In the setup used for the present experiments, the valve is supported by piezoelectric transducers at two points (Fig. 7). One transducer is operated as transmitter, the other as receiver. Two approaches were followed for excitation and detection. In the first, the transmitter is excited by a sine wave and the acoustic signal transmitted through the valve is detected using a lock-in amplifier. The frequency of the sine wave is slowly sweeped, allowing to record amplitude and phase of the spectrum over a wide frequency range.
The second approach uses an excitation by a step-function. The resulting resonant signal is recorded over the full decay time using a transient digitizer with large storage depth. The signal is averaged over many repetitions of the experiment and then Fourier transformed over 50000 or more points (Fig. 8).
As expected, the result of both approaches was equivalent, but the time-domain technique turned out to be faster and more flexible. The experiments performed up to now suffered from the poor reproducibility of the mechanical coupling of the vibration to and from the component. In particular the low-frequency bending modes showed significant variations in the resonant frequencies.
Fig. 7: Setup used for resonant testing of ceramic automotive valves.
Fig. 8: Typical result from resonant testing of a valve (top: decay curve over 20 ms, bottom: resonance spectrum from 0 to 100 kHz, logarithmic amplitude scale).
The resonance lines of the valves inspected exhibit Q-values in the range of 1000 to 3000. Therefore, a high detection sensitivity can be expected. On the other hand, it is questionable, if defect sizes of 50 to 100 µm are detectable by this technique. Finite element calculations to study the influence of cracks in disk-shaped samples show, that crack lengths of about 10 % of the radius are required to cause relative frequency changes in the order of 10-4 /11/. Such changes have to be detected with the background of tolerable variations of density, shape and mass already present in the production lot. Experimentally, by weighing a lot of ceramic valves a standard deviation of the mass of 37.4 mg was determined. If this mass is concentrated in a single point of the valve, it is represented by a pore of 2.8 mm in diameter, when one uses the density of silicon nitride.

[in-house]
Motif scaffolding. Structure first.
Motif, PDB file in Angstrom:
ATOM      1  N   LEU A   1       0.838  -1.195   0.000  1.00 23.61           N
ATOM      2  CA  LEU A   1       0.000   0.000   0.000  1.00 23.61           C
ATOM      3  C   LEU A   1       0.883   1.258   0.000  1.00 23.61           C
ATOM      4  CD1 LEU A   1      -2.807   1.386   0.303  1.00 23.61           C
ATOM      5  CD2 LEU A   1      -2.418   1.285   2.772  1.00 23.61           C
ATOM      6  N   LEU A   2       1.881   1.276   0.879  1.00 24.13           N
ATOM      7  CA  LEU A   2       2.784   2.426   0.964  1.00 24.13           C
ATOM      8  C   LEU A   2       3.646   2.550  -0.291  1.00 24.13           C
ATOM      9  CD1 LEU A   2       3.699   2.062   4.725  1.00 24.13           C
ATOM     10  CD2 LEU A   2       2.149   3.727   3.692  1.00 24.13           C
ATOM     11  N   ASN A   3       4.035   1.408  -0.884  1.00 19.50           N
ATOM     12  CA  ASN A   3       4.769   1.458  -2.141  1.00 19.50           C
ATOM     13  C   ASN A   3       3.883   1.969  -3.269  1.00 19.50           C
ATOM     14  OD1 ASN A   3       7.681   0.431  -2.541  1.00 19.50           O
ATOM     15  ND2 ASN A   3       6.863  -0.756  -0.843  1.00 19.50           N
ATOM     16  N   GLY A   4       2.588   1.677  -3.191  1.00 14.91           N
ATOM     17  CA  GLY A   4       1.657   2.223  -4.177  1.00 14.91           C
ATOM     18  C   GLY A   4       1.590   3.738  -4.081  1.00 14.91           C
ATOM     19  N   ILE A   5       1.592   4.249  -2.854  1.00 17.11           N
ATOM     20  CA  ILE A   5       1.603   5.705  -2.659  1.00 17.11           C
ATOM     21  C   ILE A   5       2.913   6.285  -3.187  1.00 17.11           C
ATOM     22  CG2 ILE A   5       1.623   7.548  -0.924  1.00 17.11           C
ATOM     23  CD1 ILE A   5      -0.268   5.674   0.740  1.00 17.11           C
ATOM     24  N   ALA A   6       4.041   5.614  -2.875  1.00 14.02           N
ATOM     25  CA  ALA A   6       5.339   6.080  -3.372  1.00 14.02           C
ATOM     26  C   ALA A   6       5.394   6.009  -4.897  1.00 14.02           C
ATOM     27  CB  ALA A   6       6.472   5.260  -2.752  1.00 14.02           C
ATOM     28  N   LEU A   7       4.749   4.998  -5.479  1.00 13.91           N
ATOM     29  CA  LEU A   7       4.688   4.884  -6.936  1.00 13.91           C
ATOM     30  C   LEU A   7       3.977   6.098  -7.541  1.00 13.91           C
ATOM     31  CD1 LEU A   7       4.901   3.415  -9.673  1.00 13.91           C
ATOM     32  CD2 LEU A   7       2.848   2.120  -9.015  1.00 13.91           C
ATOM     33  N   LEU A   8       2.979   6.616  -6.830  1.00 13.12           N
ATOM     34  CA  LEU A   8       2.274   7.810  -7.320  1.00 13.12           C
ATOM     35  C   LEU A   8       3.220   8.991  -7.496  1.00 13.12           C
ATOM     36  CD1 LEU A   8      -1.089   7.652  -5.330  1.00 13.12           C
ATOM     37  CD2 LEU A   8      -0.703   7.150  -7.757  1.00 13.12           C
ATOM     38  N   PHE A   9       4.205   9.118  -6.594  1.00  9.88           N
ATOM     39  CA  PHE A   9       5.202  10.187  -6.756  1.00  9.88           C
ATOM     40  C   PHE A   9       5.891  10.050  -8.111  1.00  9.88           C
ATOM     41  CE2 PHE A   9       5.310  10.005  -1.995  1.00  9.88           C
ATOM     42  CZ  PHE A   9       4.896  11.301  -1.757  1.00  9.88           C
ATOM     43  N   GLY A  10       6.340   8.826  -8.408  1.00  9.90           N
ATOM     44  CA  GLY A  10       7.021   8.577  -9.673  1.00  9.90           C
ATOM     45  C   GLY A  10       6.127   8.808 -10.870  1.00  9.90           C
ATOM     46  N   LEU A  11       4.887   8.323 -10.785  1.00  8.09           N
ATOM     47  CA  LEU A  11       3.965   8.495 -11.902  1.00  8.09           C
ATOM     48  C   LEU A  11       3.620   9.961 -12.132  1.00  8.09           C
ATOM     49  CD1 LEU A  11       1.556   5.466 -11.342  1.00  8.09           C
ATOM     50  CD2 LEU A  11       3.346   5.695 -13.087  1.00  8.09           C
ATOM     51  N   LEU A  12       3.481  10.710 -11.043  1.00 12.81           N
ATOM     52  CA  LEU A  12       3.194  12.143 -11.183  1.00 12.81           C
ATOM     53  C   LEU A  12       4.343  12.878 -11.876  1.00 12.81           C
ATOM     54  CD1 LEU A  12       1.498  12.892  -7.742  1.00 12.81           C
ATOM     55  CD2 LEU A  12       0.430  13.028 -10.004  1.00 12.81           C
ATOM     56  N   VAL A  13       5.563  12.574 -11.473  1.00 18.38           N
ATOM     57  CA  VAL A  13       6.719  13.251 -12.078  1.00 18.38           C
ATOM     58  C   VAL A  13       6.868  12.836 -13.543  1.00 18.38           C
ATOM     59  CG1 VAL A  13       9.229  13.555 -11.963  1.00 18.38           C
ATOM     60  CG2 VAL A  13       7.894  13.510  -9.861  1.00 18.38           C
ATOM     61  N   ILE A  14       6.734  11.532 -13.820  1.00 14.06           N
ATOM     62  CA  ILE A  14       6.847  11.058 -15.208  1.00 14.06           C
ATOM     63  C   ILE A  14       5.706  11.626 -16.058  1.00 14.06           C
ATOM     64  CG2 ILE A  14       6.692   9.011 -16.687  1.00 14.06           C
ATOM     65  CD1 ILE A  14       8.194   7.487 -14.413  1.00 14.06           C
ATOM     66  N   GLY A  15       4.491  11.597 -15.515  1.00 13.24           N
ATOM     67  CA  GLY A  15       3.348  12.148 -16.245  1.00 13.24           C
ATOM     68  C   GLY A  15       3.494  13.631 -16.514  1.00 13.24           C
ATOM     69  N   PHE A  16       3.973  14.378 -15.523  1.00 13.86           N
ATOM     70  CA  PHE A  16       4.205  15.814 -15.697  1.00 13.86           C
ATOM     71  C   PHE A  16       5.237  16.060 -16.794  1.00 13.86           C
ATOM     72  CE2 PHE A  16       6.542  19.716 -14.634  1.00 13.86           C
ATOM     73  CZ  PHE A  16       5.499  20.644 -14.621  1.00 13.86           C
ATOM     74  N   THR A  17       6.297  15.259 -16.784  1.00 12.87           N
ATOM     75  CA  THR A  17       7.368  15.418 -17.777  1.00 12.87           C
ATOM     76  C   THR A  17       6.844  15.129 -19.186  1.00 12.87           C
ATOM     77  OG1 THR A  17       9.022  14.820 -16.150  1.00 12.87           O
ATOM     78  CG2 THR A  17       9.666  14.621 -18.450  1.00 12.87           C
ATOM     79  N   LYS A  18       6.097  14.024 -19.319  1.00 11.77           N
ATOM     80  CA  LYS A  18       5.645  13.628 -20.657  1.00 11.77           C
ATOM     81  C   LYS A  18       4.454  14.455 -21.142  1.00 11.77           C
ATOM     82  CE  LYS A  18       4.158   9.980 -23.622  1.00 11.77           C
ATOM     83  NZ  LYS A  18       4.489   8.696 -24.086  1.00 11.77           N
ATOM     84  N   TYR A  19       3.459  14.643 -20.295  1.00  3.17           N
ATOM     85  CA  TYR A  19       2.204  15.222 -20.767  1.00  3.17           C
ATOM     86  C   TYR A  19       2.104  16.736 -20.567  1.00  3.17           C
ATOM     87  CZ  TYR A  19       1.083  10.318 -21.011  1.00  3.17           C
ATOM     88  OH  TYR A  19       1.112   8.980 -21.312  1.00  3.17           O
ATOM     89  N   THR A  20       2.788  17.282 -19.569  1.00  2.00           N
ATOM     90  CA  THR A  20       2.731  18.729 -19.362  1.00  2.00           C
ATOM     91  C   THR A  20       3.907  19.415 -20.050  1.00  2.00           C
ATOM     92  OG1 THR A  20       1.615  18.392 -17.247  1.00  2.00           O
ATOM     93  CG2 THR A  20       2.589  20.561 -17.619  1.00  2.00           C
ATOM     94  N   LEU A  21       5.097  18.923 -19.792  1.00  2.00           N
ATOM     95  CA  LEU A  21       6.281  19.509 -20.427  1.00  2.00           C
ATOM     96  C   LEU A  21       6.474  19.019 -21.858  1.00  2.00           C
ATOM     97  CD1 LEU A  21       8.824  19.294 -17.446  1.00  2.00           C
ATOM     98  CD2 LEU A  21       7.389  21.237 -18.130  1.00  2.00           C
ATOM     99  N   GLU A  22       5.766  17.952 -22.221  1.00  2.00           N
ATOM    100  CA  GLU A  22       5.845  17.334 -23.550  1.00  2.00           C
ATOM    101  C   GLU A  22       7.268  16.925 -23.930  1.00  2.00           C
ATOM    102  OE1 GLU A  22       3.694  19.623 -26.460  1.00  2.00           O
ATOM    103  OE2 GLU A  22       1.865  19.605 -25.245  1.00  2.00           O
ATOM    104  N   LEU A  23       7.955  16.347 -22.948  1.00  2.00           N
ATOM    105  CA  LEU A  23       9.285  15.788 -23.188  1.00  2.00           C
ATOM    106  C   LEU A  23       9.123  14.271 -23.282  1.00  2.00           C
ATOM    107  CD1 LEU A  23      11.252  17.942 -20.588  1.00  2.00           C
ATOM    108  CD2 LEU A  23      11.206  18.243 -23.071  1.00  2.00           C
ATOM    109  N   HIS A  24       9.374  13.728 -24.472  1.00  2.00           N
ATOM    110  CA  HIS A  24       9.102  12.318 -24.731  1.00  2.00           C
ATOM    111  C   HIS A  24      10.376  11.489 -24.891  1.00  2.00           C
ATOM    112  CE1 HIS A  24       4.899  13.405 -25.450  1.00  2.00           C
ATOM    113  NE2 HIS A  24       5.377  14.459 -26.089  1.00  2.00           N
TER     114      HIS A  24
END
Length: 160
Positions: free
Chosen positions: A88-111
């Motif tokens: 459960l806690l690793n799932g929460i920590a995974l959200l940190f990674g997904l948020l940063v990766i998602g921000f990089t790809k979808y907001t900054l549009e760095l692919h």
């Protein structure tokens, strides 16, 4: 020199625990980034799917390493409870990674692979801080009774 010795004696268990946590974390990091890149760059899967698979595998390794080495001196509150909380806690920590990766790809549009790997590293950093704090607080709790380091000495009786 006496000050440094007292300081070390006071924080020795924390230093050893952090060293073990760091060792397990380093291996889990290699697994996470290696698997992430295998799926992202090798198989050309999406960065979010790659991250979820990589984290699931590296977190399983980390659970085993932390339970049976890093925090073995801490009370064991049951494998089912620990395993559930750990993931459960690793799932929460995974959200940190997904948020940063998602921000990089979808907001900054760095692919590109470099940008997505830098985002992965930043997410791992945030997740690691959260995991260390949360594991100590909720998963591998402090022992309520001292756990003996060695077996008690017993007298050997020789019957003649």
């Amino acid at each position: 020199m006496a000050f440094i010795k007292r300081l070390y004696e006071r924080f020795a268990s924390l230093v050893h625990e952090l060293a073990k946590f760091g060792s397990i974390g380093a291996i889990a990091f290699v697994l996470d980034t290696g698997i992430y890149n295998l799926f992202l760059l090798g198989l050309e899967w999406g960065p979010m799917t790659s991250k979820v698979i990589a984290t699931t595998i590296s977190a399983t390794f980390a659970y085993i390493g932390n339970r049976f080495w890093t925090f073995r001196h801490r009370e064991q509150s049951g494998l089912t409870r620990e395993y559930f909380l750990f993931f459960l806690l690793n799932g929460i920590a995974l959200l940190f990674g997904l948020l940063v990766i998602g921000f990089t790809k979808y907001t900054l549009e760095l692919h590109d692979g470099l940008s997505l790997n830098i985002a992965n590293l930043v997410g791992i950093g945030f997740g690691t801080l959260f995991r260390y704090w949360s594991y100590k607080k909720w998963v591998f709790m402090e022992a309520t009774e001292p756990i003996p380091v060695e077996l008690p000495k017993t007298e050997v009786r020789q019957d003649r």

The optimum technique, which would be able to detect smallest defects in all regions of the sample in a fast way and with highest sensitivity, does not exist. In some cases the numbers for detection limits are still unproved due to lack of suitable test defects.
The present investigations performed in the framework of research programs were aiming at an utmost complete testing for volume and surface defects. Such testing will not be feasible for series components due to economic limitations. From the viewpoint of NDT, an improved specification of the defect size to be detected as a function of the position in the component is necessary. This requires furthermore a close cooperation of developers in construction, production and application.
|Table 1: Summary of main results obtained for ceramic valve testing|
|ultrasound volume testing||ultrasound surface wave testing||resonant testing||X-ray digital radiography||X-ray computed tomography||dye penetrant testing|
|testing time||4 min||4 min||0,5 min||30 min||60 min||10 min|
|detection limit (valve head)||50-100 µm||20 µm||unknown||100 µm||150 µm||50 µm (open crack)|
|valve seat (surface)||-||30 µm (?)||unknown||100 µm||150 µm||50 µm (open crack)|
|detection limit shaft||100-200 µm (?)||cracks 1 mm (?)||100 µm||50 µm||50 µm (open crack)|
|defect characterization||moderate||moderate||poor||good||very good||moderate|